Home » London Theatre Reviews » Piece of Work at Camden People’s Theatre | Review

Piece of Work at Camden People’s Theatre | Review

I have no idea how true every aspect of James Rowland’s story, as it is told in this production, really is, or how reliable a narrator he is, but it doesn’t matter too much. The story unfolds in a highly authentic manner, and it’s a very engaging piece of theatre. For the record, some of the obituaries that came out in 2007 after the death of his father Christopher, the director of chamber music at the Royal Northern College of Music (RNCM) in Manchester, are still available to read online.

Piece of Work - James Rowland. Credit Rosie Collins.
Piece of Work – James Rowland. Credit Rosie Collins.

The academic and musician is given the opportunity, beyond the grave, to make his feelings known, through a recording of a relatively brief retirement speech. The younger Rowland, meanwhile, is unfailingly polite, more than happy to tell an audience member ‘bless you’ in response to a sneeze, when almost any other actor, whether in a single performer show or not, would have otherwise powered on through as if the sneeze had never happened, or otherwise made a poor joke about it.

Rowland’s sheer civility is a breath of fresh air. He’s also one of a growing number of actors who make a point of throwing what is perceived to be traditional values of theatre etiquette out of the window, although his liberal use of lines from the canon of Shakespeare, and more specifically Hamlet, momentarily made me wonder if he was advocating a (sort of) return to the rowdiness of the Bard’s era. He wasn’t, but the audience was free to come and go as they wished, as some of the narrative content was quite heavy.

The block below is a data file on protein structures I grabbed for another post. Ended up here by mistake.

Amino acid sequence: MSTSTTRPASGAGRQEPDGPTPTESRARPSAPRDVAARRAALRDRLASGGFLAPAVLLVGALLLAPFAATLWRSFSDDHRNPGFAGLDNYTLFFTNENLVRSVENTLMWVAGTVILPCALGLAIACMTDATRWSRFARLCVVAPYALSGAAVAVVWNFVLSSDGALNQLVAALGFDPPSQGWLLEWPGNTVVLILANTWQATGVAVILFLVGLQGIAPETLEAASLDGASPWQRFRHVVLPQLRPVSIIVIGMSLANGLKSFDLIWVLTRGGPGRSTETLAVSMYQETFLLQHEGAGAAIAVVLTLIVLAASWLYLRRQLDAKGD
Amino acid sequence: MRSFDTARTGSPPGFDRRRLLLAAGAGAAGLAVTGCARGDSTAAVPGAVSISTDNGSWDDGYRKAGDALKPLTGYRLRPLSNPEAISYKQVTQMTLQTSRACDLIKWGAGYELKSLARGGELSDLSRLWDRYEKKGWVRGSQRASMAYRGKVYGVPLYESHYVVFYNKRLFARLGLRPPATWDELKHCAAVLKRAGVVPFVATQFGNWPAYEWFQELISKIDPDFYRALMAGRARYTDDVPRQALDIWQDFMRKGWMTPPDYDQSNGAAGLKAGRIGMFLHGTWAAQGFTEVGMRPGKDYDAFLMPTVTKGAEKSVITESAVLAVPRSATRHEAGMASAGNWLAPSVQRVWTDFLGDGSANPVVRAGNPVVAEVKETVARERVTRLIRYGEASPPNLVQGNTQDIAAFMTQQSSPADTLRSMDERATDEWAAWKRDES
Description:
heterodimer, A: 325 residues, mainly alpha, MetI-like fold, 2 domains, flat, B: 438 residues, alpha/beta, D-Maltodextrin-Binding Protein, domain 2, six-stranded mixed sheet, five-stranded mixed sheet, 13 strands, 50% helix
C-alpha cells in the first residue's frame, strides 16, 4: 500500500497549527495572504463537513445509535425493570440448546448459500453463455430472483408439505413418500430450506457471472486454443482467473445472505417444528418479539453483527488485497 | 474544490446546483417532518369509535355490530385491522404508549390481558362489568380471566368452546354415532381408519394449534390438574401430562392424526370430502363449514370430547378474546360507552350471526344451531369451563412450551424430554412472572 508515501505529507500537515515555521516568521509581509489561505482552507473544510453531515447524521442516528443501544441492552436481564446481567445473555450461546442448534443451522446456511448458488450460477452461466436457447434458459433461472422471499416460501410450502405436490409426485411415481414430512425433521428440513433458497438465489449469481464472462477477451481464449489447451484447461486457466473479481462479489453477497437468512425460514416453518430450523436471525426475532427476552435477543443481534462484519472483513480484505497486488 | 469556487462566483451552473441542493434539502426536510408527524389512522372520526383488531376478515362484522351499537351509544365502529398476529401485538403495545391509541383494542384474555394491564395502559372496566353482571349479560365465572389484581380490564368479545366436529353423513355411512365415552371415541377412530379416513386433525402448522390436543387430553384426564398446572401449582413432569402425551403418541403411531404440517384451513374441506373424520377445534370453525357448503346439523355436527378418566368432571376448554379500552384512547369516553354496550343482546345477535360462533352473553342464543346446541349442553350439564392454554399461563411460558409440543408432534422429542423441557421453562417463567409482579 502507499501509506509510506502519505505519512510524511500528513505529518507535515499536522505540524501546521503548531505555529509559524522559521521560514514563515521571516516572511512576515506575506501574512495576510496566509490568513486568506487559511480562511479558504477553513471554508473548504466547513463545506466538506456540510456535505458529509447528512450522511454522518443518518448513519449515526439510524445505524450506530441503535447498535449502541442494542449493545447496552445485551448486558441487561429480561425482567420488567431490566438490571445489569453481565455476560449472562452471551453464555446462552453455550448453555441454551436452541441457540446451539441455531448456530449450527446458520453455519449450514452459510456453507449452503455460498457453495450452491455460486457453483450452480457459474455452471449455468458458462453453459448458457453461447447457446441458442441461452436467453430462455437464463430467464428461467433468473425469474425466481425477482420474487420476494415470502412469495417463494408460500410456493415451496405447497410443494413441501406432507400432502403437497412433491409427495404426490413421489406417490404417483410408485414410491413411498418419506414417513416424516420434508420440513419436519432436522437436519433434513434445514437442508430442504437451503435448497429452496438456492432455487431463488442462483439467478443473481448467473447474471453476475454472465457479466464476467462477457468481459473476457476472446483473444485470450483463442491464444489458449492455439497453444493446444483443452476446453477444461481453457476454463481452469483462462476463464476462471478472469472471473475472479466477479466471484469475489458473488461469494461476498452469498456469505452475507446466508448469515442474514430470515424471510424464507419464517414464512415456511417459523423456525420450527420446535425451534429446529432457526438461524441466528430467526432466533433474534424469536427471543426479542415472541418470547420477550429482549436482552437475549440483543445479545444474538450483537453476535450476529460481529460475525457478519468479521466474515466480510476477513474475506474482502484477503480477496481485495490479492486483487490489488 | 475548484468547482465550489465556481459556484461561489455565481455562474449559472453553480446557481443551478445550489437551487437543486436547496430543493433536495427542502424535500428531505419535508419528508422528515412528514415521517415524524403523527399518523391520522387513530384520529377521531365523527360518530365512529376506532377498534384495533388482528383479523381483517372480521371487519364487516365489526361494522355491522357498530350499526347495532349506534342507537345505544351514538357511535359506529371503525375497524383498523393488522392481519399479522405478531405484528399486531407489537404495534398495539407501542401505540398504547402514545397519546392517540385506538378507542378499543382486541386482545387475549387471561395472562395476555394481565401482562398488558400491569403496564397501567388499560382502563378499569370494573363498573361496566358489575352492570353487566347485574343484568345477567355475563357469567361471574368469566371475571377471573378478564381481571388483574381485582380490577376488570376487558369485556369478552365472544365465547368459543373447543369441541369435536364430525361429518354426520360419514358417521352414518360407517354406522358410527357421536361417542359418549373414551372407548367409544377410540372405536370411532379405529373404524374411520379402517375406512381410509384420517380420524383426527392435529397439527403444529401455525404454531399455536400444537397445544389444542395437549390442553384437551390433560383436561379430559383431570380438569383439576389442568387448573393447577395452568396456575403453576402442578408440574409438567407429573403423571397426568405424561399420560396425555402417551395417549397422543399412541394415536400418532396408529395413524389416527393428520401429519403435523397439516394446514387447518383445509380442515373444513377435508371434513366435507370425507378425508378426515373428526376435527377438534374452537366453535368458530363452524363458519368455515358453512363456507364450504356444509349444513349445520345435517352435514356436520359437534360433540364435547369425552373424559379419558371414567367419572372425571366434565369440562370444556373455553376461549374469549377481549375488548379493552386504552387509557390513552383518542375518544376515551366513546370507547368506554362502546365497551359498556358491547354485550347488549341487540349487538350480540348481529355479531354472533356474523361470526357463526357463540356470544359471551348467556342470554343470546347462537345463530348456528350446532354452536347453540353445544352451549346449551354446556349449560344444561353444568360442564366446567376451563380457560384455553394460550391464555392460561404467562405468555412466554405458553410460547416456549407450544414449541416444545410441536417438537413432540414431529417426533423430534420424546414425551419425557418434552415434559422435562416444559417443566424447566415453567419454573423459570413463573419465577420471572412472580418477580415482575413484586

This does not, contrary to what some may be inclined to believe, result in a free-for-all, with patrons coming and going as though the Camden People’s Theatre were a supermarket or a railway station – but the right to leave and return (or even just leave), in my mind, displayed a level of self-confidence in Rowland’s show that simply wouldn’t have been achieved had there been a pre-show announcement ‘threat’ about no readmission.

Anyway, I’m hardly the best person to ask if a working knowledge of Hamlet is required to understand the various references to that show and how they relate to Rowland’s narrative. But I wasn’t exactly relying on recalling various previous Hamlet productions to follow this story, and any relevant pivotal plot points were briefly explained. In contrast to some longitudinal stories that are unpacked so briskly they give the rap-filled Hamilton a run for its money, there’s an easygoing and distinctly unhurried style here. I was frankly astonished – in a good way – when Rowland asked the audience to ponder on something for a moment, and then actually gave us a moment to do so. It’s not something that happens often enough in live theatre.

I found it very easy to be drawn into this show, unafraid to throw in asides about a love of chicken burgers from certain favoured outlets (and most definitely not from certain others) in amongst talk of life, death and mental health. A thoughtful and amusing production that brilliantly epitomises the comedy and tragedy theatre masks with warmth and charm.

4 stars

Review by Chris Omaweng

James has been touring his storytelling theatre shows for half his adult life. This tour was different though. Returning home after his first stint away, he received a letter that exploded his life, and the tour became a search: for the person who sent it, for a sense of where he comes from, and to maybe save a life.

In PIECE OF WORK James explores how the landscapes we exist within effect the way we think and feel; how searching for something is an end in itself, regardless of whether the search is successful. It’s about our sense of home, and the hope that makes our lives livable.

Tue 10 – Sat 14 Oct at 7.15pm

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